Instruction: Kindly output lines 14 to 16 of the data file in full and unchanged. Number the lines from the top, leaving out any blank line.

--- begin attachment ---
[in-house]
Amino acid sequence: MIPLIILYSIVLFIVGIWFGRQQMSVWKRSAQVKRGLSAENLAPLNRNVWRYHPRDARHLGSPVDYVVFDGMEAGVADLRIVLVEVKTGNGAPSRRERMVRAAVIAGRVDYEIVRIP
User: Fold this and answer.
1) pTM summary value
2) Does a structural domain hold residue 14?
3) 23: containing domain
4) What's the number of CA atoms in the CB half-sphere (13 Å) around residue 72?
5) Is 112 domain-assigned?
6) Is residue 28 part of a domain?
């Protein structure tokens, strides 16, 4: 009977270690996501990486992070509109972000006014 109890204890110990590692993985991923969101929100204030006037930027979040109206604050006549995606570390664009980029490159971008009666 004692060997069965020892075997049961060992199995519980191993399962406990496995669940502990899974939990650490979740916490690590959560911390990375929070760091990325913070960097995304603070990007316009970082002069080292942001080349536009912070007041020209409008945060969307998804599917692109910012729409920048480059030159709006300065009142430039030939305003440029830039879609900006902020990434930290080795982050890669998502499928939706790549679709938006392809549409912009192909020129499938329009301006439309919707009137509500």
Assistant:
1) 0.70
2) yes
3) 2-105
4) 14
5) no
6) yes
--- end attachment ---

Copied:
3) 2-105
4) 14
5) no